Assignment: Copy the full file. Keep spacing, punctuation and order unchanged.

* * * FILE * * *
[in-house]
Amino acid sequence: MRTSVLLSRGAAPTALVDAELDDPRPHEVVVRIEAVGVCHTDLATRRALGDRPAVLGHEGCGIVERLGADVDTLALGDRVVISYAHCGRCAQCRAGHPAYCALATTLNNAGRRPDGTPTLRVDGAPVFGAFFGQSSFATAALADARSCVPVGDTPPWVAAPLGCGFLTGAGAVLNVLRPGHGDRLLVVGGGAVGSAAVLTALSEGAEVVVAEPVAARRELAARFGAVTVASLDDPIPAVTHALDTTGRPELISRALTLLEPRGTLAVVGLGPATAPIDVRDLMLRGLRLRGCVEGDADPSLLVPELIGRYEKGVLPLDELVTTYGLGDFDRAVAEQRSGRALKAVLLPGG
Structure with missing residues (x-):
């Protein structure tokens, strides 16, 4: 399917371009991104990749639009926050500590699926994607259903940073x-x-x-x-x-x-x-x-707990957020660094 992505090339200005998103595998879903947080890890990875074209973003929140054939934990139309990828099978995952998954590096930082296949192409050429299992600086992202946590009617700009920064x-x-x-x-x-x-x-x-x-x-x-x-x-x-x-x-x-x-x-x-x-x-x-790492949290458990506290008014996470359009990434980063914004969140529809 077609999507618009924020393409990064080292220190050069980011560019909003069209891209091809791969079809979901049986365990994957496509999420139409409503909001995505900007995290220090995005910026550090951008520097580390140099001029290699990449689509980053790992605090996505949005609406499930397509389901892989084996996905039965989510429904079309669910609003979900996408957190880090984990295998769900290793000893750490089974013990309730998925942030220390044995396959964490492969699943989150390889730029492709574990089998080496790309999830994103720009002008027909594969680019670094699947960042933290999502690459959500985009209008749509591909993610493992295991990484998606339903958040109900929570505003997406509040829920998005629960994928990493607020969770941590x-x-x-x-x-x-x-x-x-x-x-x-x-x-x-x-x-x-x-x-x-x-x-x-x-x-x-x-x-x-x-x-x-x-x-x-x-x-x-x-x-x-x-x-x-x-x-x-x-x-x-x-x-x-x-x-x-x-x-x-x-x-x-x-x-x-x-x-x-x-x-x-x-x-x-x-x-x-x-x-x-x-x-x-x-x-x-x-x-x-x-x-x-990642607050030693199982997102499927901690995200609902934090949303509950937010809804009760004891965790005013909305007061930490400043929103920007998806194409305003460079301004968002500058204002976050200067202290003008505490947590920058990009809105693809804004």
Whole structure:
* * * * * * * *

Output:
[in-house]
Amino acid sequence: MRTSVLLSRGAAPTALVDAELDDPRPHEVVVRIEAVGVCHTDLATRRALGDRPAVLGHEGCGIVERLGADVDTLALGDRVVISYAHCGRCAQCRAGHPAYCALATTLNNAGRRPDGTPTLRVDGAPVFGAFFGQSSFATAALADARSCVPVGDTPPWVAAPLGCGFLTGAGAVLNVLRPGHGDRLLVVGGGAVGSAAVLTALSEGAEVVVAEPVAARRELAARFGAVTVASLDDPIPAVTHALDTTGRPELISRALTLLEPRGTLAVVGLGPATAPIDVRDLMLRGLRLRGCVEGDADPSLLVPELIGRYEKGVLPLDELVTTYGLGDFDRAVAEQRSGRALKAVLLPGG
Structure with missing residues (x-):
């Protein structure tokens, strides 16, 4: 399917371009991104990749639009926050500590699926994607259903940073x-x-x-x-x-x-x-x-707990957020660094 992505090339200005998103595998879903947080890890990875074209973003929140054939934990139309990828099978995952998954590096930082296949192409050429299992600086992202946590009617700009920064x-x-x-x-x-x-x-x-x-x-x-x-x-x-x-x-x-x-x-x-x-x-x-790492949290458990506290008014996470359009990434980063914004969140529809 077609999507618009924020393409990064080292220190050069980011560019909003069209891209091809791969079809979901049986365990994957496509999420139409409503909001995505900007995290220090995005910026550090951008520097580390140099001029290699990449689509980053790992605090996505949005609406499930397509389901892989084996996905039965989510429904079309669910609003979900996408957190880090984990295998769900290793000893750490089974013990309730998925942030220390044995396959964490492969699943989150390889730029492709574990089998080496790309999830994103720009002008027909594969680019670094699947960042933290999502690459959500985009209008749509591909993610493992295991990484998606339903958040109900929570505003997406509040829920998005629960994928990493607020969770941590x-x-x-x-x-x-x-x-x-x-x-x-x-x-x-x-x-x-x-x-x-x-x-x-x-x-x-x-x-x-x-x-x-x-x-x-x-x-x-x-x-x-x-x-x-x-x-x-x-x-x-x-x-x-x-x-x-x-x-x-x-x-x-x-x-x-x-x-x-x-x-x-x-x-x-x-x-x-x-x-x-x-x-x-x-x-x-x-x-x-x-x-x-990642607050030693199982997102499927901690995200609902934090949303509950937010809804009760004891965790005013909305007061930490400043929103920007998806194409305003460079301004968002500058204002976050200067202290003008505490947590920058990009809105693809804004």
Whole structure: